Victor and Eloise represent the new face of debt in America. Together, they've worked in a series of low-wage jobs that include stints at fast-food restaurants, small factories, and hotels. Technically, they are not poor according to the government's official definition of "poverty," but the economic vulnerability of the working poor and the near-poor are increasingly similar. The couple, whom I interviewed for my recent book, live in Montgomery, Alabama, with their two children, aged 4 and 14. They own their own home, which they bought in 2000 after their second child was born.
Today, after more than a decade of working low-wage jobs, the couple's annual income has risen to about $50,000, more than double the poverty-line for a family of four. But their long years of subsistence living have left them with high-interest debt totaling $13,000. They're paying a 25 percent annual percentage rate on a $3,000 credit-card balance that paid for new tires and alignment work on their car, as well as for a new stove for their kitchen. They also have three personal installment loans totaling more than $9,000, all at interest rates of 25 percent or higher. These loans were used to help cover bills while Eloise was on maternity leave, to help pay for a used car, and to help repair the family's home air conditioner. After years of barely making a dent in the principal, the couple now pays $345 a month to a credit company that negotiated lower rates and makes payments on their behalf toward one of their credit cards and on two of their installment loans, but they still pay over $500 month, mostly in interest, in past loans that financed basic living expenses.
Victor and Eloise symbolize what many in the financial industry enthusiastically champion as the democratization of credit. Its cheerleaders remind us that two decades ago, virtually all lenders -- save, perhaps, for the local pawnbroker or loan shark -- would have snubbed Victor and Eloise. But today, thanks to technological change and deregulation, the low-income market is a bonanza for lenders.
With ever-more-sophisticated underwriting technology, lenders say they can better calculate risk and price loans accordingly. In addition, deregulation in the early 1980s and '90s all but eliminated interest rates and fee limits. The result is a tidal wave of high-cost credit targeted to low-income individuals, particularly in communities of color, at interest rates once considered usurious but now regarded as perfectly legitimate. It's a great system for everyone but the borrower.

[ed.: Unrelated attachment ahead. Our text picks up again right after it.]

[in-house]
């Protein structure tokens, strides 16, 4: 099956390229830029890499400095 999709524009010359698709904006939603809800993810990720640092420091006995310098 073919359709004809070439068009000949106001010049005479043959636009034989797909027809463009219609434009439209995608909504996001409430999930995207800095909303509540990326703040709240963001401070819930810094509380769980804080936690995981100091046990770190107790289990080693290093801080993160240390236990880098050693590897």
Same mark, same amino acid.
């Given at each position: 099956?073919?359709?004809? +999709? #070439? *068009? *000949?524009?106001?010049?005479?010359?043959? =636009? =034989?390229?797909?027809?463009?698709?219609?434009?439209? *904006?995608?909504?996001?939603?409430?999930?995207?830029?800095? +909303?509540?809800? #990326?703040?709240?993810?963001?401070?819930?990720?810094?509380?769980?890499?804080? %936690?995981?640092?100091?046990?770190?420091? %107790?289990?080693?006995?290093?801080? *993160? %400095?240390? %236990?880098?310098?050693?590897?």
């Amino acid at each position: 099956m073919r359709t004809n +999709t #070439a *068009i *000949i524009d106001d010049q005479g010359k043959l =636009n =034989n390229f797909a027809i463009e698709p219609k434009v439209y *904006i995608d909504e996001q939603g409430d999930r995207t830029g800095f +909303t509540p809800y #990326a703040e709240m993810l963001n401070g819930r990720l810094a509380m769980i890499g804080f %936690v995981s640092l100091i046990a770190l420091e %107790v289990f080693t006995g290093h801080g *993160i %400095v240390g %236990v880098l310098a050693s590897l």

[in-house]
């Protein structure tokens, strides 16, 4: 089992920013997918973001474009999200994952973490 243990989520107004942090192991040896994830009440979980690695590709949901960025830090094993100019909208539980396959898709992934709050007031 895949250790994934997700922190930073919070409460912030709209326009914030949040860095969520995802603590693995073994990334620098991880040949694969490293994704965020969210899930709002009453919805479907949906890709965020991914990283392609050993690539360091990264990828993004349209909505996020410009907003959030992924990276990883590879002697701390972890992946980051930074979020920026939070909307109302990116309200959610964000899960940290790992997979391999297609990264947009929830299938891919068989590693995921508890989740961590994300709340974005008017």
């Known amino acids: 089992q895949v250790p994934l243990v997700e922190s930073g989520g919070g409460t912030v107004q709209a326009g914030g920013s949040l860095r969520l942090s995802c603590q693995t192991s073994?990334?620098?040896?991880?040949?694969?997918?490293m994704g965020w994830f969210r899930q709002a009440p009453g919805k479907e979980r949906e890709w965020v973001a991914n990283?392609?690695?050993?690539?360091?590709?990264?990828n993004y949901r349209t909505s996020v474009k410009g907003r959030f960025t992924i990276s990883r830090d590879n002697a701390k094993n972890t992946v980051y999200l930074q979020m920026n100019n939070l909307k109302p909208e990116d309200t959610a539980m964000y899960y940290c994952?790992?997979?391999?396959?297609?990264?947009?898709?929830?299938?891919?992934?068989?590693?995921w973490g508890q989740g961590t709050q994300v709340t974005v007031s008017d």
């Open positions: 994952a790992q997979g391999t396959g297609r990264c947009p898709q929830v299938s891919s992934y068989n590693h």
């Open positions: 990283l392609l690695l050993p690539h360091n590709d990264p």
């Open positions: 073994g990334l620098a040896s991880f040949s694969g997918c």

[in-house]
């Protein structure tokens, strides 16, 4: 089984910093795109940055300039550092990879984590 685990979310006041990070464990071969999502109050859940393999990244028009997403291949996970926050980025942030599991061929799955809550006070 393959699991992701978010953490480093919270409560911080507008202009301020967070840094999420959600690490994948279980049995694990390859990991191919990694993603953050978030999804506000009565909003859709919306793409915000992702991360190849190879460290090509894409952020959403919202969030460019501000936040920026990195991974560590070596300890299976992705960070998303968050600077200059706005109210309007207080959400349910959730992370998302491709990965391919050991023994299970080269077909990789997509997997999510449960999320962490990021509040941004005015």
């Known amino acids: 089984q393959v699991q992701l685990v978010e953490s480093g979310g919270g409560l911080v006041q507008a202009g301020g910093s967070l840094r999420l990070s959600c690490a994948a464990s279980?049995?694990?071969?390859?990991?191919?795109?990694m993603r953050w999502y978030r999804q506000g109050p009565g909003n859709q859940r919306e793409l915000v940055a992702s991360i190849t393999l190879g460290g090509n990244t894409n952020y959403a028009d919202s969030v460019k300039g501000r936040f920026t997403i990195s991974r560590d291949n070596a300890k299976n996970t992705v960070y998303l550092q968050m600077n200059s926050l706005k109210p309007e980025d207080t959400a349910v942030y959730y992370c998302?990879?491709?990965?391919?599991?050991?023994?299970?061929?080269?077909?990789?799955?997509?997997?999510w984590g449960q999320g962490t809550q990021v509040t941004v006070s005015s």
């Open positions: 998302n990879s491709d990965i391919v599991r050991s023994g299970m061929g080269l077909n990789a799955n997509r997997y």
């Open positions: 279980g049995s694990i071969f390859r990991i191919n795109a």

The unleashing of exorbitantly priced credit coincided with two other important trends: the steady decline in earnings power of low-income households and the shredding of our public safety net. As already strapped low-income households found themselves falling further behind, they also found their mailboxes stuffed with rescue offers of easy and fast credit. And in low-income neighborhoods, storefronts selling fast and expensive loans are now as plentiful as McDonalds selling fast and cheap food.
Consider the payday loan. A borrower simply writes a postdated check and exchanges it for cash from the lender for a fee -- typically starting around $15 for each $100 borrowed, or about 300 percent to 440 percent APR. The premise is that in two weeks or so, the lender will cash the check, paying off the loan. However, most borrowers end up extending their loan because they don't have enough funds to cover the postdated check. In fact, according to the Center for Responsible Lending, the average payday loan is renewed eight times, costing the borrower about $800 for an initial loan of $325. The center estimates that $4.2 billion is extracted in payday-loan fees from borrowers' pockets each year.